We launched a series of online, interdisciplinary seminars related to the neurophilosophy of free will. Each seminar generally features a talk by a neuroscientist and a talk by a philosopher followed by moderated Q&A.
Free Will and the COINTOB Model of Decision-Making
Neuroscientist: Marcel Brass, Ph.D. – Humboldt University of Berlin
Philosopher: Al Mele, Ph.D. – Florida State University
Moderator: Mathieu Landry, Ph.D. – Chapman University/McGill University
The COINTOB (conditional intention and integration to bound) model provides a heuristic framework of processes in Libet-style experiments. The model is based on three assumptions. First, brain activation preceding conscious intentions in Libet-style experiments does not reflect an unconscious decision but rather the unfolding of a decision process. Second, the time of conscious decision (W) reflects the moment in time when the decision boundary is crossed. This interpretation of W is consistent with our apparent intuition that we decide in the moment we experience the conscious intention to act. Third, the decision process is configured by conscious intentions that participants form at the beginning of the experiment based on the experimental instruction. Brass and Mele discuss the model, conceptual background for it, and the model’s bearing on free will.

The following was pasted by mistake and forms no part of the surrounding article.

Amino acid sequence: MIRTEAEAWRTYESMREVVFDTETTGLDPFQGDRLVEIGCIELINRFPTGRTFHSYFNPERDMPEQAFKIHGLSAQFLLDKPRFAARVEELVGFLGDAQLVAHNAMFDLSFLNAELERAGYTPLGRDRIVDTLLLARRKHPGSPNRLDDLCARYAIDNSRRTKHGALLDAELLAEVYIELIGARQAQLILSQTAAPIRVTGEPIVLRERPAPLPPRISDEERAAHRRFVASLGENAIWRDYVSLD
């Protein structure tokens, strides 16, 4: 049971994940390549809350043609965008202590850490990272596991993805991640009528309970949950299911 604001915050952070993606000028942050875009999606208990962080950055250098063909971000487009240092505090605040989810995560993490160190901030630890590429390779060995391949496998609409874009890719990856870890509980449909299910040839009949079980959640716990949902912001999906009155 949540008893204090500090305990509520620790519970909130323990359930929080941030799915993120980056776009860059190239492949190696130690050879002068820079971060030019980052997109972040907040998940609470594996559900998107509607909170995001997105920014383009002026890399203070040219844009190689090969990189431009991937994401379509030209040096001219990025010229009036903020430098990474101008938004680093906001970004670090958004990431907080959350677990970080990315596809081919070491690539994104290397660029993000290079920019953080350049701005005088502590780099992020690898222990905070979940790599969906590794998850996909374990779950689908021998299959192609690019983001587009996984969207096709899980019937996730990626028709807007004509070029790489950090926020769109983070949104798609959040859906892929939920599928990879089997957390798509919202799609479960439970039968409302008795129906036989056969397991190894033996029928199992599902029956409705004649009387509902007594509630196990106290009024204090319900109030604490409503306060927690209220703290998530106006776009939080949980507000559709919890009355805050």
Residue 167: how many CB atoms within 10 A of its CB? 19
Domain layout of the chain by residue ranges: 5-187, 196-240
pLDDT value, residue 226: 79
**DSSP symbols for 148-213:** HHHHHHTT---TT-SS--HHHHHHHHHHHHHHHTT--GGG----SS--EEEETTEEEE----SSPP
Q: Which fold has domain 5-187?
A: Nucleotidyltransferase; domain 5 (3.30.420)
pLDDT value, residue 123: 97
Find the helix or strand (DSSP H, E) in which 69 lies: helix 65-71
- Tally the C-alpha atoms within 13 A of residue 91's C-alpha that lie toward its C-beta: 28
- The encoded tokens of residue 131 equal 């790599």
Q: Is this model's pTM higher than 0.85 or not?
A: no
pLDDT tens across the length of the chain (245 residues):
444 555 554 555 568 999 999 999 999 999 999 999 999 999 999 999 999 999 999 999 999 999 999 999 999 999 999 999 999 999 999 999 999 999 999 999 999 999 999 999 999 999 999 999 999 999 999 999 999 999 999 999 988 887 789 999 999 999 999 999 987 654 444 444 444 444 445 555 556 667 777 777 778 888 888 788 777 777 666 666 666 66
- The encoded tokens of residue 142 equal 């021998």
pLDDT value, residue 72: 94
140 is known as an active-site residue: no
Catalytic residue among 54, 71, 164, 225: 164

Relevant paper: https://doi.org/10.1016/j.neubiorev.2019.04.024
Towards Operational and Falsifiable Definitions to Stimulate the Dialogue in the Neurophilosophy of Free Will
Neuroscientist: Gabriel Kreiman, Ph.D. – Harvard Medical School
Philosopher: Rosa Cao, Ph.D. – Stanford University
Moderator: Nadav Amir, Ph.D. – Chapman University/Tel Aviv University
Sources and reasons: internal and external factors underlying freely-willed action – a neurophilosophical debate
Neuroscientist: Patrick Haggard, Ph.D. – University College London
Philosopher: Richard Holton, Ph.D. – University of Cambridge
Moderator: Elisabeth Parés, Ph.D. – University College London